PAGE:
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Rich Seedlings for the Urban Revolution

Over the next few decades, half of global economic growth is predicted to come from the slums of developing world cities. Gaia Vince believes the key to the coming urban revolution is how these shantytowns evolve.
January 16, 2013, 8am PST | Jessica Hsu
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"[A]lthough scenes of squalor, accumulation of rubbish and polluted waters look like destitution, slums are rich seedlings for the vibrant cities of the future," says Vince. "Many of today's established capitals, including London and New York, launched from similar embryonic beginnings." There are currently 1 billion dwellers in informal housing around the world and the United Nations predicts that one in four people will become an urban squatter by 2030, increasing to one in three by 2050.

When slum dwellers organize together, they can create transformative innovations. For example, in Delhi, the Children's Development Khazana is run by street children and allows 1,000 youth to safely store their earnings. In Pakistan, residents of the Orangi slum built their own sewerage system in the 1980s and successfully reduced infant mortality. "Cooperation, whether to achieve wider policy change and improvement in working conditions or build essential infrastructure, is a slum’s biggest strength and is essential to nurture as cities 'upgrade' their poorest areas," says Vince, though he warns, "That's not to glorify life in these communities."

"Governments are beginning to accept the social wealth of these existing communities," continues Vince, "and realising that the best way to capitalise on that is to incorporate these dynamic, lively parts of the city into the established whole, by providing the tools for growth, integration and citizen strength." Medellin, Colombia, the former murder capital of the world, was transformed "from terrible conditions to light modernity" and "the murder rate has plummeted." However, only those with independent governance and strong finances may have the resources to implement large-scale change.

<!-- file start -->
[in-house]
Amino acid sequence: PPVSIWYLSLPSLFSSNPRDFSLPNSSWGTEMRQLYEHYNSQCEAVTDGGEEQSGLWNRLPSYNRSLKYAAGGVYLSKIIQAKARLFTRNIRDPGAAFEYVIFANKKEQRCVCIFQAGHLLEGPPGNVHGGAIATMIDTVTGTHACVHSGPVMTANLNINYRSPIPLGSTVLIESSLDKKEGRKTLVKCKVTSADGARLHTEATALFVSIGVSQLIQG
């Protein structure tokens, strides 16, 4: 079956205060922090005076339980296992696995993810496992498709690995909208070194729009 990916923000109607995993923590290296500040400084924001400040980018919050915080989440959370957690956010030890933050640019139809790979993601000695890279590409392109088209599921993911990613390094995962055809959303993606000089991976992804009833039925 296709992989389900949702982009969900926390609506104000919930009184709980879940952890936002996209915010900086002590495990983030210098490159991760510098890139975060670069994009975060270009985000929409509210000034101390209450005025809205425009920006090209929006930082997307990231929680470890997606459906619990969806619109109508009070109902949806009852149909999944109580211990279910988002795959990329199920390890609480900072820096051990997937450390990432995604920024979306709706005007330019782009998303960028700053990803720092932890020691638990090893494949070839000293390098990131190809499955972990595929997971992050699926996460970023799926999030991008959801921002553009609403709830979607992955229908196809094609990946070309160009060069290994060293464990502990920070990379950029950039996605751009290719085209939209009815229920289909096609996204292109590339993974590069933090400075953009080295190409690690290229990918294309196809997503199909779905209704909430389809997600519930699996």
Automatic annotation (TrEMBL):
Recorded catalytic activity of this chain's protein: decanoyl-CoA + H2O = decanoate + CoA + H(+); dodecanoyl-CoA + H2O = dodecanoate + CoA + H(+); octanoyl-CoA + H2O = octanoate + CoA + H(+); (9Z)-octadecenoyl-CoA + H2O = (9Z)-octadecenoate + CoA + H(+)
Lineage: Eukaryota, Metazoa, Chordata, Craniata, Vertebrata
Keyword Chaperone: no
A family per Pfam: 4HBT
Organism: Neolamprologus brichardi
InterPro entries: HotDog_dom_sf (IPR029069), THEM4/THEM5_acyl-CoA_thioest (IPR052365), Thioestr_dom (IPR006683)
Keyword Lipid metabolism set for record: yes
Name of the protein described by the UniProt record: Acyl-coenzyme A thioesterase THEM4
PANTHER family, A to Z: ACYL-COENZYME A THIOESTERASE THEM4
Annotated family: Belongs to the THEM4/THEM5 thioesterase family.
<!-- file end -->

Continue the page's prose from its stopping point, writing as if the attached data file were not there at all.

Vince concludes: "As most of the urban growth in coming decades will be in poor countries, particularly in Asia and Latin America (Africa’s urbanisation is stark and rapid only in a few countries, although this could change), it is associated with a general rise in global resource use as people improve their standard of living. The challenge then is to create the most sustainable cities – ones where people lead dignified lives without generating excessive waste and pollution."

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Published on Monday, January 14, 2013 in BBC
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